A team of Stanford University researchers, including former Energy Secretary Steven Chu, believes it has achieved the "holy grail" of lithium battery design: an anode of pure lithium that could boost the range of an electric car to 300 miles.
Lithium-ion batteries are one of the most common types of rechargeable batteries on the market today. But most of the batteries -- found in technologies like smartphones and electric cars -- use an anode made of graphite or silicon.
The lithium in a lithium-ion battery today is found in the electrolyte. The electrons in the electrolyte flow to the anode during recharging, and if the anode were also made of lithium, the battery would be able to generate much more power and weigh much less.
Until now, however, lithium anodes have been unusable. The material expands during charging, opening fissures on the surface that release lithium ions and form messy, hairlike growths called dendrites that reach out and short-circuit the battery. Lithium anodes are also highly chemically reactive with the lithium electrolyte and can overheat to the point of fire or even explosion.
The potential flammability of lithium-ion batteries has come under scrutiny after three electric cars made by Tesla Motors Inc. crashed and caught fire last year after hitting road debris (Greenwire, Nov. 8, 2013).
The Stanford team thinks it has solved these problems with a protective layer of tiny carbon domes, called nanospheres, that form a flexible honeycomb-styled shield over the anode. The nanosphere wall, just 20 nanometers thick, is strong and flexible enough to move up and down as the anode expands and contracts during the battery's charge-discharge cycle.
Taming a difficult metal
The researchers detailed their work in a report published in the journal Nature Nanotechnology this week.
"We're now looking for higher and higher energy density batteries, and graphite [anodes] can't do that anymore," said Yi Cui, a professor of material science and engineering and leader of the research team.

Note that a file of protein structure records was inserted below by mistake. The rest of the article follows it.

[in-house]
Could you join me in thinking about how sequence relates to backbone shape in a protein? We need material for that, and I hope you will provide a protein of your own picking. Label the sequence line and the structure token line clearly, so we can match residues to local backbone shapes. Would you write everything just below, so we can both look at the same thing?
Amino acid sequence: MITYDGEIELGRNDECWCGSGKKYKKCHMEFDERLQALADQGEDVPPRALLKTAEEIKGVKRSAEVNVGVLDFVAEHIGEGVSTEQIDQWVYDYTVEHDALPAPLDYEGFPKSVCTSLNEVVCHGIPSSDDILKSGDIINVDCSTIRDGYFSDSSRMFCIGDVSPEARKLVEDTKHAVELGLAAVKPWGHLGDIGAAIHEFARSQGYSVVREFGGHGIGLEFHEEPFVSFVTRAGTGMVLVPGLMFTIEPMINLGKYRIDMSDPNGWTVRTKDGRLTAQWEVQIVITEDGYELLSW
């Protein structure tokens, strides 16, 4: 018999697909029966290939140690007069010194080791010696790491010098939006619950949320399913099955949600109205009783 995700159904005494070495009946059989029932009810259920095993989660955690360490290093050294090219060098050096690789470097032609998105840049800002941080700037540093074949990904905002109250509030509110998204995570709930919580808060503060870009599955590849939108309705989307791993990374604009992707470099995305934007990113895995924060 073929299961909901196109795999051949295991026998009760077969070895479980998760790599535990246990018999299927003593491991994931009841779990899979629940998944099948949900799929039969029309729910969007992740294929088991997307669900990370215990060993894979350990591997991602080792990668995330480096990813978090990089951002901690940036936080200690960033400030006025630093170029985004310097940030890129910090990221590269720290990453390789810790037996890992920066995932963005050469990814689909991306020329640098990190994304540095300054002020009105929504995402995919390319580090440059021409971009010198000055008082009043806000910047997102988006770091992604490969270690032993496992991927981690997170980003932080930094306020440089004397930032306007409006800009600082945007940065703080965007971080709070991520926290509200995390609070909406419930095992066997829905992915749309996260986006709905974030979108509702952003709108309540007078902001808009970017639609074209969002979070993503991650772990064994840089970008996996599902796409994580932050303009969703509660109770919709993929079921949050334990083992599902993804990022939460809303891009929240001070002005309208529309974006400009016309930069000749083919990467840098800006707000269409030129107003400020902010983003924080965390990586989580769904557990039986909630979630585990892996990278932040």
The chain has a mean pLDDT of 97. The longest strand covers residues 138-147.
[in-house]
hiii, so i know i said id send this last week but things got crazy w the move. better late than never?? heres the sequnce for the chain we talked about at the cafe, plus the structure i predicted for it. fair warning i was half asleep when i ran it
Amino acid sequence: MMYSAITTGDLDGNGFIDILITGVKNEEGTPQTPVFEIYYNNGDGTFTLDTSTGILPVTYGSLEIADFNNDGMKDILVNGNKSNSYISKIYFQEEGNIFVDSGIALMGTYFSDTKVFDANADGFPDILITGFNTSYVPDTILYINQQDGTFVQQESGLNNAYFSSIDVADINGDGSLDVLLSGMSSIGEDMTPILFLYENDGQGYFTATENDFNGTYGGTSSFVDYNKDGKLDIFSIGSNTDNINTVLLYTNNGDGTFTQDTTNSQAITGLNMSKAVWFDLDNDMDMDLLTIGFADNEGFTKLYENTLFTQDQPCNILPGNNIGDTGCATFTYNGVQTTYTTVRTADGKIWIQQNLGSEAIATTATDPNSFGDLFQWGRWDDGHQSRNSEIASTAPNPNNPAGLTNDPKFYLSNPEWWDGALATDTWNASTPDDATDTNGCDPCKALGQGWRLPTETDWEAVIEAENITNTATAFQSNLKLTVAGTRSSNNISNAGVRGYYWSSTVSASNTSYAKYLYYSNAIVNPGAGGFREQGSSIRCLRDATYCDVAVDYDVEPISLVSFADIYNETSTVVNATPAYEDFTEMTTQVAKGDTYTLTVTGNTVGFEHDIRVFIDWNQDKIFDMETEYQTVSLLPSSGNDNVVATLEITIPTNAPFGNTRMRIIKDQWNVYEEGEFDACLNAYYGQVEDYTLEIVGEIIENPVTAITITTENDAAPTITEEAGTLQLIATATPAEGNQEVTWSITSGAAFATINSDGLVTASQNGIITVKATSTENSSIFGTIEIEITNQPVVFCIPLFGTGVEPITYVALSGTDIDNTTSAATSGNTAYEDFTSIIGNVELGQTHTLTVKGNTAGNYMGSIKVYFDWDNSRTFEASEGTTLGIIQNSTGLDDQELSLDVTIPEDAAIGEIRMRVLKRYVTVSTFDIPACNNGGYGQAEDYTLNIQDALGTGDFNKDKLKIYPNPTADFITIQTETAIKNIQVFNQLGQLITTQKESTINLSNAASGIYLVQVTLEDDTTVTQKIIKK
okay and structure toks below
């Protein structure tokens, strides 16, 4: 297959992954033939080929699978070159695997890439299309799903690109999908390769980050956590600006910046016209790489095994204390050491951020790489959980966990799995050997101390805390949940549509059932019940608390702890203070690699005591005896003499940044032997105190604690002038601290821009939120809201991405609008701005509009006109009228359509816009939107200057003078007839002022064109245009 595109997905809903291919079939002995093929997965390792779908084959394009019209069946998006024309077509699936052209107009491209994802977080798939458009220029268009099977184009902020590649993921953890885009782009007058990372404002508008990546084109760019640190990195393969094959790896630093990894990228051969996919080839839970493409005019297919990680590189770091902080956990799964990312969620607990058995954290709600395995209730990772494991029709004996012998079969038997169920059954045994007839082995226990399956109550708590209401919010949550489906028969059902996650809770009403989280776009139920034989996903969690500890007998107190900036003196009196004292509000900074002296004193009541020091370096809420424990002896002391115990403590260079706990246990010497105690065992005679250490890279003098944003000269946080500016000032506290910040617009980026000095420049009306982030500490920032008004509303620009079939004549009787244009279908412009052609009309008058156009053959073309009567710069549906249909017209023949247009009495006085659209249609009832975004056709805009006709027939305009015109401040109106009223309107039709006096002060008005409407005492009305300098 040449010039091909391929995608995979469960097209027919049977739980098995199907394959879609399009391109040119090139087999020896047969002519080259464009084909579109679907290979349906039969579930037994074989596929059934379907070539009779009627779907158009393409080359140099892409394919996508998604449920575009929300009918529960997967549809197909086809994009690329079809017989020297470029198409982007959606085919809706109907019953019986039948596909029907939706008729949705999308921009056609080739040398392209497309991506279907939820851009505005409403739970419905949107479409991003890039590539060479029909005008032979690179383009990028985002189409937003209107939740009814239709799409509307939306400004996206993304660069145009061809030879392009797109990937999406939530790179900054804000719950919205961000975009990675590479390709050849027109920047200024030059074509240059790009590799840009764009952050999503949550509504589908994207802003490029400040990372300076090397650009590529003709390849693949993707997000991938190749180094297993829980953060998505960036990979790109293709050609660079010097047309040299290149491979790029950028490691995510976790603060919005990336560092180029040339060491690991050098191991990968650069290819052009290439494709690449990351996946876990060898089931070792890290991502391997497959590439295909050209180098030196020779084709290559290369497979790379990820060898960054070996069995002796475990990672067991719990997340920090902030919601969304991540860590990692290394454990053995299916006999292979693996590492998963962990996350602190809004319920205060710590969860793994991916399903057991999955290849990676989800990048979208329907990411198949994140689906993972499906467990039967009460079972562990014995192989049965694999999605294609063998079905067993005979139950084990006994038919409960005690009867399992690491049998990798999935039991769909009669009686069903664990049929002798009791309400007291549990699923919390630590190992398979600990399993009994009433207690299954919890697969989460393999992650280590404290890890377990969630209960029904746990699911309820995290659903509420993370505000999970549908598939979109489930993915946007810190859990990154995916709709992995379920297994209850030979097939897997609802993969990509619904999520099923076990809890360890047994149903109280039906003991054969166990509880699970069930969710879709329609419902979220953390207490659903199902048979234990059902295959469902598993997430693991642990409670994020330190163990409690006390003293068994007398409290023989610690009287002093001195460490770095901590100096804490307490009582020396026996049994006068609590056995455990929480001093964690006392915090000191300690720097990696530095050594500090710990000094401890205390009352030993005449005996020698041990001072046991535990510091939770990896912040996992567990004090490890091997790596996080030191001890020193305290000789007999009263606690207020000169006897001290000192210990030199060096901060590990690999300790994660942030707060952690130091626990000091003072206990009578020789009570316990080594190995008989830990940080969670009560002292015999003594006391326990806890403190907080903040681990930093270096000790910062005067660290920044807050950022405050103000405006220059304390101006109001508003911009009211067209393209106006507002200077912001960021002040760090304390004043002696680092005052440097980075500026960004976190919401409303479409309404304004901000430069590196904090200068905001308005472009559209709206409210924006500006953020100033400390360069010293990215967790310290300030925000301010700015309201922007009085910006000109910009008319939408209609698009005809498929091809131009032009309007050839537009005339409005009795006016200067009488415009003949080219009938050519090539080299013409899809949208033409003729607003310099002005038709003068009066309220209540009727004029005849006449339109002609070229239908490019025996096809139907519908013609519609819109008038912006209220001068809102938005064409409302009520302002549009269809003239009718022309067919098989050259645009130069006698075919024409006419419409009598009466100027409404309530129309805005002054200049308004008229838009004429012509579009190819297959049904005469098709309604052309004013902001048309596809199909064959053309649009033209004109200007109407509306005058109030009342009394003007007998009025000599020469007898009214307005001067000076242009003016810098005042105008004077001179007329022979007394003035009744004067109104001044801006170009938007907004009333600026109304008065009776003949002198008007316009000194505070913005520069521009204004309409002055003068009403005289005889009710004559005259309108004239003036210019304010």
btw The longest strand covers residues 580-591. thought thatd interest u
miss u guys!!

With its light weight and high energy density, lithium has the greatest potential as an anode, Cui said. The carbon nanosphere interface "increases the recycling efficiency and also decreases the side chemical reaction of the electrolytes," he added.
A lightweight, high-energy lithium anode could also go a long way in making lithium-ion batteries more commercially viable. According to the Stanford team, the nanosphere layer helps improve the coulombic efficiency of the battery -- a ratio of the amount of lithium extracted from the battery during use compared with the amount put back in during charging.
Previous lithium anodes achieved a 96 percent coulombic efficiency, but that dropped to less than 50 percent after 100 cycles. This new lithium anode achieves a 99 percent efficiency for 150 cycles.
Cui said that over the next few years, the team hopes to refine the battery design to both improve on the coulombic efficiency and sustain it for 500 to 1,000 cycles.
Competition for the internal combustion engine?
Chu, the former Energy secretary and a Nobel laureate, recently resumed his professorship at Stanford and is part of Cui's team. In a press release, he said the new lithium anode design could improve the battery's capacity fourfold.
"You might be able to have a cell phone with double or triple the battery life or an electric car with a range of 300 miles that cost only $25,000 -- competitive with an internal combustion engine getting 40 miles per gallon," Chu said.
Chu this year also joined an advanced battery startup called Amprius Inc., a company that Cui co-founded six years ago that specializes in high-capacity lithium-ion batteries (Greenwire, Jan. 20).
John Goodenough, who invented the original lithium-ion battery in the 1970s and is still working on the technology, called the Stanford design a "significant step."
But Goodenough -- now a professor of mechanical engineering and materials science at the University of Texas, Austin, who said he is also pursuing his own lithium anode design -- added that the technology was still a long way from commercial viability.
"I don't think it answers all the problems, by a long way," he said, "but it's something."